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In Perl, given a variable $period_end_date being set to, say, '4/30/2014', how can you set $period_start_date to '4/1/2014' and $next_period_start_date to '5/1/2014'? (i.e. set to the first of the month and the first of the next month respectively.

I've tried using the DateTime module but my system could not find it. I was thinking to use substr to extract the pieces but the month and day can have 1 or 2 digits.

How would I change what's in between the /'s with a 1?

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There's gotta be a gazillion questions asking this. What have you tried? –  ikegami May 16 '14 at 18:21
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I've tried using the DateTime module but my system could not find it. If you don't have DateTime installed, then install it. You can do that via the cpan tool on the command line. –  Hunter McMillen May 16 '14 at 18:26

2 Answers 2

up vote 1 down vote accepted

If you know that the input data will always be in the format mm/dd/yyyy, and you're really only worried about the fact that mm and dd can have either one or two digits, then you can use regex matching:

$period_end_date =~ m{(\d+)/(\d+)/(\d+)};
my $month = $1;
my $day   = $2;
my $year  = $3;

I used the m{} format for pattern matching rather than // in order to avoid having to escape the / characters within the date. You could write the pattern /(\d+)\/(\d+)\/(\d+)/ instead.

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Better: my ($month, $day, $year) = $period_end_date =~ m{(\d+)/(\d+)/(\d+)}; Avoids globals. Avoids using putting bad data in $month, $day and $year when there wasn't a match. –  ikegami May 16 '14 at 19:23
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Yes, that is a better style. –  David K May 16 '14 at 19:34
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The best style depends partly on how well you (or whoever inherits the code from you) can remember the idioms. I've written some very concise code in the past and then kicked myself (metaphorically) a few months later when I had to update the code and got confused by my own cleverness. But it is good to know about /pattern/g, because for more complex patterns or for scanning multiple strings in one block of code it could be very much better than the non-g alternative. –  David K May 16 '14 at 20:09
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@michaelc35: Where does your original date string come from? Unless it is typed in by hand (when you should validate it as soon as you receive the input line) there is no point in validating it at all. If you can't rely on the validity of the output of another program then you can't begin to process it further. –  Borodin May 16 '14 at 20:25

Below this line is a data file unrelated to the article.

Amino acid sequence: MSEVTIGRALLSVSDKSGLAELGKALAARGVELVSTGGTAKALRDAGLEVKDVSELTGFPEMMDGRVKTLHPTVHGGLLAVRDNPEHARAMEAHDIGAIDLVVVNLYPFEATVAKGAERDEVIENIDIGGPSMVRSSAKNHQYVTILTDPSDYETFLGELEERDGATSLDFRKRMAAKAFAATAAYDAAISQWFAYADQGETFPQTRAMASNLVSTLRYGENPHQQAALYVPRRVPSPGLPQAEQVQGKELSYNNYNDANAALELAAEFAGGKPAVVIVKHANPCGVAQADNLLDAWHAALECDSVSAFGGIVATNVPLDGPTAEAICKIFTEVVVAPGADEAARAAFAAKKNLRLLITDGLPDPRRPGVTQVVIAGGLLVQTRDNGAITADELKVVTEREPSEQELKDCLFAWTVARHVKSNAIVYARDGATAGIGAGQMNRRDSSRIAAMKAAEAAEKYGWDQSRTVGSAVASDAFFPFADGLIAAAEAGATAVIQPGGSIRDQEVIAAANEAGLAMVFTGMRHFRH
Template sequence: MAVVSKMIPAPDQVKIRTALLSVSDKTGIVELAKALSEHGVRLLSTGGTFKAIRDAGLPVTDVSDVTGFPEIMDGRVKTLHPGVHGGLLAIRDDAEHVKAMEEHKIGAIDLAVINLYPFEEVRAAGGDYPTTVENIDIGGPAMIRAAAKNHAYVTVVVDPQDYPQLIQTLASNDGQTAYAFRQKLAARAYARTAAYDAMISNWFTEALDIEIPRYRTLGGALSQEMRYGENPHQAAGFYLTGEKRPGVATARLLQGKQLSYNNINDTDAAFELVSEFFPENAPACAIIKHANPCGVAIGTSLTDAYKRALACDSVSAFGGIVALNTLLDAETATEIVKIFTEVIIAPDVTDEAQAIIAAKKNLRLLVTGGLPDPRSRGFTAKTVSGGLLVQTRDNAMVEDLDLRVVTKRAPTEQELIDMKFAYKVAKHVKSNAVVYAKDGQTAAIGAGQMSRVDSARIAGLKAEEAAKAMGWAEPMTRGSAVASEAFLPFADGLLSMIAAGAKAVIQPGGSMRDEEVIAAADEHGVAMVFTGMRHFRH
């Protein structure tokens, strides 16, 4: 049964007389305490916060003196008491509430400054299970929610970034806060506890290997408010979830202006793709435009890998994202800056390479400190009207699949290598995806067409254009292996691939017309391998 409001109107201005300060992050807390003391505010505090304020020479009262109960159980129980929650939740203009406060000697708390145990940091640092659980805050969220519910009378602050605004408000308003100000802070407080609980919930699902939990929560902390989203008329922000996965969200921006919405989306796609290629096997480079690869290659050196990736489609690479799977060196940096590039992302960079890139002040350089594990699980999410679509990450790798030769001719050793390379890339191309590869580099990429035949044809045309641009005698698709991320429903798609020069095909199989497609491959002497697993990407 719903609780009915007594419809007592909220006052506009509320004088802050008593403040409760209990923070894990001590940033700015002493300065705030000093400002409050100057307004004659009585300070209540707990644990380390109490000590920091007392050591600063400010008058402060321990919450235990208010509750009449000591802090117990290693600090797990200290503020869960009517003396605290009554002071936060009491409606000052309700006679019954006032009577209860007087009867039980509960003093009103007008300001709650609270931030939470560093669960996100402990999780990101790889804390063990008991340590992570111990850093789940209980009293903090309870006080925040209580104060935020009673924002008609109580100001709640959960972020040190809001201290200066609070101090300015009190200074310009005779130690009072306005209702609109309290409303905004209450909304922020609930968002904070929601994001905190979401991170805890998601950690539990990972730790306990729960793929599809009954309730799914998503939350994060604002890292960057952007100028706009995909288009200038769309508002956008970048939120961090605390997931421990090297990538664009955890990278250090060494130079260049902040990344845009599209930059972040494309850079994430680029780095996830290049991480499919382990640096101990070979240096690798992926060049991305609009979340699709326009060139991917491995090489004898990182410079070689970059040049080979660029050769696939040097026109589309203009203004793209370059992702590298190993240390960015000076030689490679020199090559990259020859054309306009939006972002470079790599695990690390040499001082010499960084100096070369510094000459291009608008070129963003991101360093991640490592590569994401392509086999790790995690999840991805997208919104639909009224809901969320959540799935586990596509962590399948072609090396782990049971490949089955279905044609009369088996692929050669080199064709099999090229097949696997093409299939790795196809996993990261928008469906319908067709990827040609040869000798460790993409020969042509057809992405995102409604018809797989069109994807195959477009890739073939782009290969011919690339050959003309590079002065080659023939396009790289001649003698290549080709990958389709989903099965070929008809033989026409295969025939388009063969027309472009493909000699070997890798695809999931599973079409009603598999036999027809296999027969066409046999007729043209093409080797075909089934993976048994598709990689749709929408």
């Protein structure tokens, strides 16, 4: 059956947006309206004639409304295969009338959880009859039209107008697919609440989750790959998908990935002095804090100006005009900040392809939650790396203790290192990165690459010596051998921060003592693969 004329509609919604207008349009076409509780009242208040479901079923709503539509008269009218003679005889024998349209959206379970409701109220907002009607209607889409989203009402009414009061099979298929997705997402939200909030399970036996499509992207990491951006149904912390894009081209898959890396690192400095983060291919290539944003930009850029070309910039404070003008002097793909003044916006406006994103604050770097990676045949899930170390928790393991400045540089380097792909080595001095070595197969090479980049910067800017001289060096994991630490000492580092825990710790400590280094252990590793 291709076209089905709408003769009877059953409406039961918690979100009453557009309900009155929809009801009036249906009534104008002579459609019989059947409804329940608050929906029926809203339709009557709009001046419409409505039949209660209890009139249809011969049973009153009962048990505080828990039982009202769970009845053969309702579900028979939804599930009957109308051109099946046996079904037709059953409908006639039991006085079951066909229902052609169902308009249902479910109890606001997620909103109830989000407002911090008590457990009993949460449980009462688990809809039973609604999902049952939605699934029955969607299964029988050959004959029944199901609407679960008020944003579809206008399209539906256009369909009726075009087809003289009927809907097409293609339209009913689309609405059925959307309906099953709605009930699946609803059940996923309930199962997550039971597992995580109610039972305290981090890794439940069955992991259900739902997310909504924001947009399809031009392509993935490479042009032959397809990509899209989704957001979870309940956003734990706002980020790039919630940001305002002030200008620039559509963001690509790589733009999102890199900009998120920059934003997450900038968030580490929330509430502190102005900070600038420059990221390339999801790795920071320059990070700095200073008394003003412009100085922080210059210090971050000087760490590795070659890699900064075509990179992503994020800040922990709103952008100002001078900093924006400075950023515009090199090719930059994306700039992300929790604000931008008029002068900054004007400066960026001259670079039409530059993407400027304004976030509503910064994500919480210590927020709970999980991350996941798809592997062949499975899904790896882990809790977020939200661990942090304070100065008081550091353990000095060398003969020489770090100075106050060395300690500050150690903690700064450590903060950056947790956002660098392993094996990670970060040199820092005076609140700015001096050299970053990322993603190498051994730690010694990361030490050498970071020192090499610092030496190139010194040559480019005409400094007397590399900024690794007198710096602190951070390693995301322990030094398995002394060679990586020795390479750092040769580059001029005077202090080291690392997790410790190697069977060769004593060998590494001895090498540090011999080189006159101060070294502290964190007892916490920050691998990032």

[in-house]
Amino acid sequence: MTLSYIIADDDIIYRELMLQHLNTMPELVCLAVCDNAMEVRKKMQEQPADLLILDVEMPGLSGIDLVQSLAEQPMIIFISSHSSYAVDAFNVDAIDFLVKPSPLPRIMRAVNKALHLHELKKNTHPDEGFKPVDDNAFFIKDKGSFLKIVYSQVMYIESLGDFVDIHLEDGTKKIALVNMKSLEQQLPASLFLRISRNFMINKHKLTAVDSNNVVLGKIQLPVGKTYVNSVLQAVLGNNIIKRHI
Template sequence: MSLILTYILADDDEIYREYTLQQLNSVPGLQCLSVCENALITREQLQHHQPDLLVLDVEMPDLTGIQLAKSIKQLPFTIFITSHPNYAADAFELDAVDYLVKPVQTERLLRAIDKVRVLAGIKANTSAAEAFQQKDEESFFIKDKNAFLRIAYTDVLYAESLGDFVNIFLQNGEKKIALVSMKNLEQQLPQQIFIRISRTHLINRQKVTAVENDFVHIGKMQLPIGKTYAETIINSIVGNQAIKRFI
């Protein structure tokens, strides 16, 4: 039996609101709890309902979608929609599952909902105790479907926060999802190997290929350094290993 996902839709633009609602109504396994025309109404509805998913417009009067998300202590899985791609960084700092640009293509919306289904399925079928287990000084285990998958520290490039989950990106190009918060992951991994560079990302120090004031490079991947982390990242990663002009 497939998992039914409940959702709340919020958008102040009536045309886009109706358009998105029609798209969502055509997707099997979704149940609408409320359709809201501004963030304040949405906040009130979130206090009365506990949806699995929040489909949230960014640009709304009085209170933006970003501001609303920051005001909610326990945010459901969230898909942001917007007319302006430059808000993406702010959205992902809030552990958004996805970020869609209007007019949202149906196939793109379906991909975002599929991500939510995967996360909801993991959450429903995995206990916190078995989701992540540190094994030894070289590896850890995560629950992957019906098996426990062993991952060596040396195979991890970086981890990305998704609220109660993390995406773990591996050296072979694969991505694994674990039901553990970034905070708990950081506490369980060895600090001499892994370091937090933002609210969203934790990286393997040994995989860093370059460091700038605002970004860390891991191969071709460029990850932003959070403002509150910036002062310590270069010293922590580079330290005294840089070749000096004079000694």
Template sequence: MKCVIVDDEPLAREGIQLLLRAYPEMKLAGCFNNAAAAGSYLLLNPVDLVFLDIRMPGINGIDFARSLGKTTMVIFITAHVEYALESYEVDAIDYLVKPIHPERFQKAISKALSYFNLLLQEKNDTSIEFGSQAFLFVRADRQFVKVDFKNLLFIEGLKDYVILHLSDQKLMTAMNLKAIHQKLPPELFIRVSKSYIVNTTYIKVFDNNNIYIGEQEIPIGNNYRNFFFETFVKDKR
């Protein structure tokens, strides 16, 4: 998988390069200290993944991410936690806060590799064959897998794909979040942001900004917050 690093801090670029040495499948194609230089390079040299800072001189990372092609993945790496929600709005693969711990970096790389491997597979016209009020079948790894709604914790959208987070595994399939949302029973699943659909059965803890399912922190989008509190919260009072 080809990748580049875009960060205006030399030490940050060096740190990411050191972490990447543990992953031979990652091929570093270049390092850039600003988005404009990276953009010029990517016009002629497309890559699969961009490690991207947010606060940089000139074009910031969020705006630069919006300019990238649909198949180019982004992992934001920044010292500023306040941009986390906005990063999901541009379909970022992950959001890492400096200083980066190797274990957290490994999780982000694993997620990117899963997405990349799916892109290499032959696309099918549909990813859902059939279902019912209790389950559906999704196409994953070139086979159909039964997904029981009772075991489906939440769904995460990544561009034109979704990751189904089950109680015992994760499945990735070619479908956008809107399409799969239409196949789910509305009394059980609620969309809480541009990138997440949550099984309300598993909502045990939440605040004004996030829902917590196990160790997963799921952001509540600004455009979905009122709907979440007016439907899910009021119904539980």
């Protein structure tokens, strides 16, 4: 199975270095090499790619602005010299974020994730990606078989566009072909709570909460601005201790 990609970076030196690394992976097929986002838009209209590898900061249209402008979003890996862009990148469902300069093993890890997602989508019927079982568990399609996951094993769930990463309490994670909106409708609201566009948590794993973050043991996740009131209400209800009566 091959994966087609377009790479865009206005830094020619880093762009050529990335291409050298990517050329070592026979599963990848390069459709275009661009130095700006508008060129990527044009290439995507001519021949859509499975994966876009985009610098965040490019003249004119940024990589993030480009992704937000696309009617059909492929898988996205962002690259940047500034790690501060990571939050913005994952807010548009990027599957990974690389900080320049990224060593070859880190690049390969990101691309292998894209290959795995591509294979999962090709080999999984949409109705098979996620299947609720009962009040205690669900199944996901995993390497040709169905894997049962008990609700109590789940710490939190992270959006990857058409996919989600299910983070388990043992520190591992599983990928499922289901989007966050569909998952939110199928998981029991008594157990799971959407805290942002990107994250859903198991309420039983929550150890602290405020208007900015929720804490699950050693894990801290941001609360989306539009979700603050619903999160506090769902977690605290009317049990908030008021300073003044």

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@michaelc35: I would have thought it was best to make sure that only valid dates are stored in the database. It is too late to warn the operator when you read it back from storage. You need to make sure that the string is a possible date (i.e. not something like 2/30/2014) as well as just checking that it is dd/dd/dddd or similar. But this discussion doesn't really belong here –  Borodin May 16 '14 at 20:41

This should help you.

Rather than using a more complex regex, this solution just pulls out all the numeric fields from the string.

The calculation simply increments the month, and also increments the year if the month has wrapped around to 1.

use strict;
use warnings;

my $period_end_date = '4/30/2014';

my @mdy = $period_end_date =~ /\d+/g;

$mdy[1] = 1;
my $period_start_date = sprintf '%02d/%02d/%04d', @mdy;

$mdy[0] = $mdy[0] % 12 + 1;
++$mdy[2] if $mdy[0] == 1;
my $next_period_start_date = sprintf '%02d/%02d/%04d', @mdy;

print "$_\n" for $period_end_date, $period_start_date, $next_period_start_date;

output

4/30/2014
04/01/2014
05/01/2014
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I like the more complex regex solution to get the numbers but thanks for mentioning the modulus operator for the resulting math. –  michaelc35 May 16 '14 at 18:57

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